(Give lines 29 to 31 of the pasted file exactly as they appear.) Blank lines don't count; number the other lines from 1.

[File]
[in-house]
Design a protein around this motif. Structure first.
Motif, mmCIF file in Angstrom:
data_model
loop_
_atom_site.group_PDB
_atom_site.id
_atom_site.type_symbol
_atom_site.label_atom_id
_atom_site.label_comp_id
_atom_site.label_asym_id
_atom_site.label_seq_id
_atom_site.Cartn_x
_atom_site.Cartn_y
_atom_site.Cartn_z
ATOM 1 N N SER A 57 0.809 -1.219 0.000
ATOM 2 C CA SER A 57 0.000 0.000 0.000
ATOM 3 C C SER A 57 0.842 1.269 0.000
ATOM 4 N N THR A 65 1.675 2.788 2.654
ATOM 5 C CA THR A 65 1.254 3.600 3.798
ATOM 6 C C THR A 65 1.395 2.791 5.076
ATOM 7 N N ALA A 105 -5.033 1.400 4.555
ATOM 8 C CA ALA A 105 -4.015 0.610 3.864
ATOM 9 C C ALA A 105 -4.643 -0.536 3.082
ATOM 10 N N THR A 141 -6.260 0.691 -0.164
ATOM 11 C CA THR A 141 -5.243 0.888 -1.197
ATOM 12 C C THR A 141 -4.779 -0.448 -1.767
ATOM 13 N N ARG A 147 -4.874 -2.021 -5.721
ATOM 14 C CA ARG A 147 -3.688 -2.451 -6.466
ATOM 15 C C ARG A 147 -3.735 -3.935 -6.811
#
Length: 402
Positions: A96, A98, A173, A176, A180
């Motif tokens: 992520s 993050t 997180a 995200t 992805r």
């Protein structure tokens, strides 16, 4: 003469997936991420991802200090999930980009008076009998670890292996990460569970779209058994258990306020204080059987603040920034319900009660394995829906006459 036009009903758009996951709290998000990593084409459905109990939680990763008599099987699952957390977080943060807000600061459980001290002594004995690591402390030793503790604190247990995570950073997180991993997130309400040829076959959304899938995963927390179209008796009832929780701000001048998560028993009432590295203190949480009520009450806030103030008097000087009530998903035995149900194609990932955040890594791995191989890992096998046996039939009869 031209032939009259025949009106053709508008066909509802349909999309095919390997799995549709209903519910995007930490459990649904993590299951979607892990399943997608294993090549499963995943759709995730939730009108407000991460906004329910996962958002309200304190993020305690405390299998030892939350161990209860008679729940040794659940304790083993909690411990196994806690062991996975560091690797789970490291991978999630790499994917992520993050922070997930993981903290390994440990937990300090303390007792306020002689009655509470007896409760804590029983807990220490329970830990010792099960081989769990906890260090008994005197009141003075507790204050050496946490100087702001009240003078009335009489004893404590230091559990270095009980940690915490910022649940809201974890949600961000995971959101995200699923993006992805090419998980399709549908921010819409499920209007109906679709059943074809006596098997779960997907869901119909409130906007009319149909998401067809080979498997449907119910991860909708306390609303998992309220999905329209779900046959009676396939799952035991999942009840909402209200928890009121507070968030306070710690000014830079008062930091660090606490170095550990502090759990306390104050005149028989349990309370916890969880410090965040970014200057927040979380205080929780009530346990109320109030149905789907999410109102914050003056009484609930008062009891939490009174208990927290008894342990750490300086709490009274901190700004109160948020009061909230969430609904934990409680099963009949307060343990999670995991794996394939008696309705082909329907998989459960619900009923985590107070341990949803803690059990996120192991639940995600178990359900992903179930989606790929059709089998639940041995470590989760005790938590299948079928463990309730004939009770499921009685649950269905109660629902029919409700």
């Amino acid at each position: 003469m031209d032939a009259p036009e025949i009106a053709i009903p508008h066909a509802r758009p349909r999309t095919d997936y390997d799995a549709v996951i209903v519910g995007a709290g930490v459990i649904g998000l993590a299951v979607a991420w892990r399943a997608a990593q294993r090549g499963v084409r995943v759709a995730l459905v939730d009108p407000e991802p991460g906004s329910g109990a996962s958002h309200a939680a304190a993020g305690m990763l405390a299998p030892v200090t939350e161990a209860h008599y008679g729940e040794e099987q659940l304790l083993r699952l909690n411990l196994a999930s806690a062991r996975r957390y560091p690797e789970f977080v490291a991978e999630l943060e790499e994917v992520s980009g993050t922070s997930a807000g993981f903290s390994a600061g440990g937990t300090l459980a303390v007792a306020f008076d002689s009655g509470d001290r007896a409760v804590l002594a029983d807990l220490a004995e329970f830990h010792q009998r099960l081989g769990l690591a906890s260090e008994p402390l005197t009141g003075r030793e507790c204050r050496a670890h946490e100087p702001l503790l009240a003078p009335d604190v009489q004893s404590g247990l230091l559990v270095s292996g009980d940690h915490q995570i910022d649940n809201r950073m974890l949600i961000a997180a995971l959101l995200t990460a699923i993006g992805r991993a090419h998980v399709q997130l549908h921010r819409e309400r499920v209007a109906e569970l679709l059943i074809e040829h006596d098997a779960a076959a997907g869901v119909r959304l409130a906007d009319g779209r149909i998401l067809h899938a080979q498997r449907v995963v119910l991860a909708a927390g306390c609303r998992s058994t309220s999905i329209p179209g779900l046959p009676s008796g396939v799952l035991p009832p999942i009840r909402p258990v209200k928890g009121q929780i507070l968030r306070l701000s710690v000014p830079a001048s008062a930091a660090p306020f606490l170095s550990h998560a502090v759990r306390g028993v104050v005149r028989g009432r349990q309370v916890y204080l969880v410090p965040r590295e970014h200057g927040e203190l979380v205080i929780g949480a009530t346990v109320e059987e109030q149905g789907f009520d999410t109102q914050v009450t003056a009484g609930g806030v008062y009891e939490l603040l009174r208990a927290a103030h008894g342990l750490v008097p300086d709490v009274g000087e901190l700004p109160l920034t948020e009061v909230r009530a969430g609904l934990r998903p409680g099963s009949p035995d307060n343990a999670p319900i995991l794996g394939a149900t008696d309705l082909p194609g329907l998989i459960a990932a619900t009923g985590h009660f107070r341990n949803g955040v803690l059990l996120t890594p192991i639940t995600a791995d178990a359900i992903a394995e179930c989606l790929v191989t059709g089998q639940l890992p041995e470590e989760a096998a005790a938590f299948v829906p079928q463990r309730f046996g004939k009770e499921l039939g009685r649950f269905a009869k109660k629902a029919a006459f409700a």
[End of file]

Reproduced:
ATOM 14 C CA ARG A 147 -3.688 -2.451 -6.466
ATOM 15 C C ARG A 147 -3.735 -3.935 -6.811
#